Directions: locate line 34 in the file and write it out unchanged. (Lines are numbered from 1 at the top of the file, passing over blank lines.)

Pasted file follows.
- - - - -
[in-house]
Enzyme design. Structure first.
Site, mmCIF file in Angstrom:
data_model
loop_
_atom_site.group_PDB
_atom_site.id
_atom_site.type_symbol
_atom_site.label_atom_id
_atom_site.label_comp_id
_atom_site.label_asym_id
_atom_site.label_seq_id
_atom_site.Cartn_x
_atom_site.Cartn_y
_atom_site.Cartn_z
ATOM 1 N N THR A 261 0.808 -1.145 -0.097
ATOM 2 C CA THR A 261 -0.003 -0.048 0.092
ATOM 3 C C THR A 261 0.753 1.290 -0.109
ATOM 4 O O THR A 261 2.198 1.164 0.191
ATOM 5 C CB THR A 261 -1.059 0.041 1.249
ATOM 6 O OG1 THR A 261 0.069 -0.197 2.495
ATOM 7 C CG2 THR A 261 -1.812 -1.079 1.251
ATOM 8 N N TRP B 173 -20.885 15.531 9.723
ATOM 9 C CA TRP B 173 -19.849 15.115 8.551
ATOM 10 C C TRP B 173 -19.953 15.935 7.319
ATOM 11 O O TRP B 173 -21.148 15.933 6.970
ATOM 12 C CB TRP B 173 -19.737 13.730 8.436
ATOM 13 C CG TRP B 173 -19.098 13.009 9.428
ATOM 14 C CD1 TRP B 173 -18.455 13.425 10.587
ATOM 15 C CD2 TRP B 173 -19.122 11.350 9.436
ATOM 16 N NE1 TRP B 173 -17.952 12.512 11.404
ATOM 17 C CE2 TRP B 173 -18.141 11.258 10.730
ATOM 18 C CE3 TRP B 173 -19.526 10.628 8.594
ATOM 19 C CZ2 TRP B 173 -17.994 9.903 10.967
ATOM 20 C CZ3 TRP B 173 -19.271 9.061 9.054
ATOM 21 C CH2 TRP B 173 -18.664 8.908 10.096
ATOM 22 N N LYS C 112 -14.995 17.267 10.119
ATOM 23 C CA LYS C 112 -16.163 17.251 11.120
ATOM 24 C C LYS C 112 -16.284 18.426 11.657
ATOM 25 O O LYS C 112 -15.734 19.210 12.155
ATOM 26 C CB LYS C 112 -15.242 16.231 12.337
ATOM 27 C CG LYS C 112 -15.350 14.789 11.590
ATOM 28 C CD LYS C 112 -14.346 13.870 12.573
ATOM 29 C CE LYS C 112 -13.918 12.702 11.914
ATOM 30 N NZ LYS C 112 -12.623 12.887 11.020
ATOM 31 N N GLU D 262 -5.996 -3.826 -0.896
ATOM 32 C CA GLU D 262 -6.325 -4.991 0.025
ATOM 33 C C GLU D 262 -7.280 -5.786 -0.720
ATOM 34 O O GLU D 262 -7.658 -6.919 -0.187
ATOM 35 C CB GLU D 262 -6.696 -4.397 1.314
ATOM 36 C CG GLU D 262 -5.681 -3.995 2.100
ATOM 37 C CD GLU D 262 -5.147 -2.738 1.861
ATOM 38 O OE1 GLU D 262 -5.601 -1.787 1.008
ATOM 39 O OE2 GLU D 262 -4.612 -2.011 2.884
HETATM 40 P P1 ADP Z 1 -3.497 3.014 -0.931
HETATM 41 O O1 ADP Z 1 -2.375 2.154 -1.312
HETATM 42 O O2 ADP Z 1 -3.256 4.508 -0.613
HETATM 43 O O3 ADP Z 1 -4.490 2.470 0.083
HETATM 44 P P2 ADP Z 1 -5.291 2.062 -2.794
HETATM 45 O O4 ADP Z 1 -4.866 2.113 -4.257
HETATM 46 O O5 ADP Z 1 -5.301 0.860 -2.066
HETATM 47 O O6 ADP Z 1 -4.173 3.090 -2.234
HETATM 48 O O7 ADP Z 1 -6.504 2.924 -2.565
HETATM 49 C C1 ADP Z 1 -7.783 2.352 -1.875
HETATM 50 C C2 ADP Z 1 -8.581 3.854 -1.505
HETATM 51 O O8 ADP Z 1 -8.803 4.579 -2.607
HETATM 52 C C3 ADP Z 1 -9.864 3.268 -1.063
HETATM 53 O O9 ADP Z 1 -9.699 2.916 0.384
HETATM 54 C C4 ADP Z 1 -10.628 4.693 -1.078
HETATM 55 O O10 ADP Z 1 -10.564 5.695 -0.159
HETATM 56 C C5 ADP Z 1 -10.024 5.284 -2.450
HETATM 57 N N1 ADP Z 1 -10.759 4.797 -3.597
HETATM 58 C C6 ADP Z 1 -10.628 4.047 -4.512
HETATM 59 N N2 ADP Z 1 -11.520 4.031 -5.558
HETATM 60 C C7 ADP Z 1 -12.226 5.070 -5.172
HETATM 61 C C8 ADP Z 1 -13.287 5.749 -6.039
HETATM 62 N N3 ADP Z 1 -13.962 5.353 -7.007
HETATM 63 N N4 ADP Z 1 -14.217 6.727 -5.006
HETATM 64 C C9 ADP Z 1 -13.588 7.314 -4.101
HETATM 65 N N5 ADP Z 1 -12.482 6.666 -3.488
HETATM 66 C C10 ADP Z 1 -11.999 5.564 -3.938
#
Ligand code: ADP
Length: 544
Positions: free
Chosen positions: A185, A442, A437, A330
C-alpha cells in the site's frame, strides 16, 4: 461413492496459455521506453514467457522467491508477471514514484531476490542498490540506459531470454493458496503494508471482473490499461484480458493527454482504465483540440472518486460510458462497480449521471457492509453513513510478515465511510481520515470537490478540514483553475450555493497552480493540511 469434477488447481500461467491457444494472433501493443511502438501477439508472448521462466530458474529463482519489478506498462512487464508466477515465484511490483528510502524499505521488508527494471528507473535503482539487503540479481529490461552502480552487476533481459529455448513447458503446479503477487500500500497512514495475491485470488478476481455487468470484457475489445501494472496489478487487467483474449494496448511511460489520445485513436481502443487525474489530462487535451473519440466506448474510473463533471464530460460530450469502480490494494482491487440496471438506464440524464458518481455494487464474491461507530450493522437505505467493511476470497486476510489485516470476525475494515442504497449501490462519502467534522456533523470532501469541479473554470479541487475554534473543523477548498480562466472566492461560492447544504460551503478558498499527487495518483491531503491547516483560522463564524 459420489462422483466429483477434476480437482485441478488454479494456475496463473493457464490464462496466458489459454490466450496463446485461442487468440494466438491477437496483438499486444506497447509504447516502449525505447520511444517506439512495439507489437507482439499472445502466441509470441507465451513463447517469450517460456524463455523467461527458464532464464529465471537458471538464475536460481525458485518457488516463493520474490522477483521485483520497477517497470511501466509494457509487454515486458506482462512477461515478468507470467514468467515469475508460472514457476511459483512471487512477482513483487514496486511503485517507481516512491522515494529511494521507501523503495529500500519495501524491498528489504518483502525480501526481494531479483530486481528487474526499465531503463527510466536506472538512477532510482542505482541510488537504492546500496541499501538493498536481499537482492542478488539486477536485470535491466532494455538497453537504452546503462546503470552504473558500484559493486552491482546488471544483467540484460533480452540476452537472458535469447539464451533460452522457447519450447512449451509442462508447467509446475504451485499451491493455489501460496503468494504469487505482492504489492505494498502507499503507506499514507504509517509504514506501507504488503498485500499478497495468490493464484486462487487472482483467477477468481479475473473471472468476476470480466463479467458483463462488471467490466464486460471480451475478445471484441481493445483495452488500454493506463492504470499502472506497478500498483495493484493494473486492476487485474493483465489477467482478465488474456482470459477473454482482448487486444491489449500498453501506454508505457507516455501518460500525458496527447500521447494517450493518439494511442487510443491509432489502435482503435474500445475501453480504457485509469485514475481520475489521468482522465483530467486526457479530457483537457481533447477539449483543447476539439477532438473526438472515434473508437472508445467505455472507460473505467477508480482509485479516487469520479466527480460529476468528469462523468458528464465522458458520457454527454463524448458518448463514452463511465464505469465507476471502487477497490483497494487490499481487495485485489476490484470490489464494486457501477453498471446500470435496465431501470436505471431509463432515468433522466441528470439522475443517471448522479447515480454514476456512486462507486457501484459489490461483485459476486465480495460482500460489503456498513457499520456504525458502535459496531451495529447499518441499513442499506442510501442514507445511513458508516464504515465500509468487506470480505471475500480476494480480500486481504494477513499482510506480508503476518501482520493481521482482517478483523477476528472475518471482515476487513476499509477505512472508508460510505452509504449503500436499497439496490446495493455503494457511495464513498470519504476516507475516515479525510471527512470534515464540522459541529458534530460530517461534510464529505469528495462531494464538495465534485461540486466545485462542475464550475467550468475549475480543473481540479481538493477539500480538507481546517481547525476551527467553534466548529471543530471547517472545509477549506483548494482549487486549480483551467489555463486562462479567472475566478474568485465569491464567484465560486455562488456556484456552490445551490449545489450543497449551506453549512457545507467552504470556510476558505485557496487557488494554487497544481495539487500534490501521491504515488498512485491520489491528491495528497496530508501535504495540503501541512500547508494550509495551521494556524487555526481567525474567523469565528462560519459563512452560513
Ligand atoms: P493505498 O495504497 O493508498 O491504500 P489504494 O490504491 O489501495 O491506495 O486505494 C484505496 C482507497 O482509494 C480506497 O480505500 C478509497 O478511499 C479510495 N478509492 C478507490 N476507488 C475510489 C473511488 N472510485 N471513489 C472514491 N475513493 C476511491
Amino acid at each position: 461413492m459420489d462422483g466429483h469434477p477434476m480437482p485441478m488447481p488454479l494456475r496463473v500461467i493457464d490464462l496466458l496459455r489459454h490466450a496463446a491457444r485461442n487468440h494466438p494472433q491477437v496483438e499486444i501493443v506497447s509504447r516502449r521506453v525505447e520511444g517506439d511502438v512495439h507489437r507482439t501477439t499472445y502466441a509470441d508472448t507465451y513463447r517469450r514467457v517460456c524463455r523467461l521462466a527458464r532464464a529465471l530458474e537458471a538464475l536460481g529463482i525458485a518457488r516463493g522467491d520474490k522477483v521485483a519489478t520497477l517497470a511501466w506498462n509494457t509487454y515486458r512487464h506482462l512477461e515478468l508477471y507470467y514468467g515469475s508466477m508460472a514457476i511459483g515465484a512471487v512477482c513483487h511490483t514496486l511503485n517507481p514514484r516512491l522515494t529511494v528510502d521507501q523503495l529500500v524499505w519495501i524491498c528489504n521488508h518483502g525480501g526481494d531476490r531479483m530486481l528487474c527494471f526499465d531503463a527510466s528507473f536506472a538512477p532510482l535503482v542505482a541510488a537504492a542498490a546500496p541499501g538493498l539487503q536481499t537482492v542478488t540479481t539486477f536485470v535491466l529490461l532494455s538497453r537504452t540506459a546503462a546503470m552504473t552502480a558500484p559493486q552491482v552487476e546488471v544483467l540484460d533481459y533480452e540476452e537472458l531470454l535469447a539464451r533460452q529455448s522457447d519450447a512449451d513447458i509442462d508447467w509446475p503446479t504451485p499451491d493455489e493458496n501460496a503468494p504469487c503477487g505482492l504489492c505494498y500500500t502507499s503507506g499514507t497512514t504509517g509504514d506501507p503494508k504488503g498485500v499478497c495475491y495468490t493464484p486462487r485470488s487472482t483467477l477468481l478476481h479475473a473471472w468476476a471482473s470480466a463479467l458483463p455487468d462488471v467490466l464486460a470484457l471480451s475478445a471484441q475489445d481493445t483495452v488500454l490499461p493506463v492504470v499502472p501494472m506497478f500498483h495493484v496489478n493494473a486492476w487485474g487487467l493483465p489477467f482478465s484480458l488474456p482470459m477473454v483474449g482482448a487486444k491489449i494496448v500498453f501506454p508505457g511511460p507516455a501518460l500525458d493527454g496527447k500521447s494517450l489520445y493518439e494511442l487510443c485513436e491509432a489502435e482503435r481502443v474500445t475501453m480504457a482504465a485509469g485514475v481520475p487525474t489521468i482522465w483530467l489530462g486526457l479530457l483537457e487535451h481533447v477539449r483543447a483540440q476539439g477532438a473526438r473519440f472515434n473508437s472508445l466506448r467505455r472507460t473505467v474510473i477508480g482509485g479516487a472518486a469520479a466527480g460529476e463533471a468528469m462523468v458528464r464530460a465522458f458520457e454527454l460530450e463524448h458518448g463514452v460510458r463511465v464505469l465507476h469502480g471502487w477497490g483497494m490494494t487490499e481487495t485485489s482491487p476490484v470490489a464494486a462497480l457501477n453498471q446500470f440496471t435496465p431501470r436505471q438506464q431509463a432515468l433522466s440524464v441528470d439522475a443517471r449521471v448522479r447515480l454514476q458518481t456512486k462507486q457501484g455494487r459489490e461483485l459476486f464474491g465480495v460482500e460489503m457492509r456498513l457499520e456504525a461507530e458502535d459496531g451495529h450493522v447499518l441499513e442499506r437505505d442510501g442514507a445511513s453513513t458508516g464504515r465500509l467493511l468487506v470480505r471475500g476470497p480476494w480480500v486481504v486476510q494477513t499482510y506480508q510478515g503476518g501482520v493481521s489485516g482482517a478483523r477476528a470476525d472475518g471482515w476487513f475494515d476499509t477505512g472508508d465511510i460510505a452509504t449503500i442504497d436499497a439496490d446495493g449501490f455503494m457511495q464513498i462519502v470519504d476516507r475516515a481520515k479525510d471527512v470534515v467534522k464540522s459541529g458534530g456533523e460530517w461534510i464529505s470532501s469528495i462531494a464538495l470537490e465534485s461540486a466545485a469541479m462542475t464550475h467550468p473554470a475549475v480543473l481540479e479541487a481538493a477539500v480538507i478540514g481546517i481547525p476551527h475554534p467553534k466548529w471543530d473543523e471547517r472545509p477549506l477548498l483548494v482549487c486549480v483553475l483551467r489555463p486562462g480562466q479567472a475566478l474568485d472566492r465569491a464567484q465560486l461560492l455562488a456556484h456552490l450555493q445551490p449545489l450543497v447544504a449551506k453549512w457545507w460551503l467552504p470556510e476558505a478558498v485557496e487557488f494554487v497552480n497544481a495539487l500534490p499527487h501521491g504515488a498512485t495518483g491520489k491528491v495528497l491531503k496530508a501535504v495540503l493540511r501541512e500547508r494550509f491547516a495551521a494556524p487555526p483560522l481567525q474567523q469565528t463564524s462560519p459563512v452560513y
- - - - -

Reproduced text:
ATOM 19 C CZ2 TRP B 173 -17.994 9.903 10.967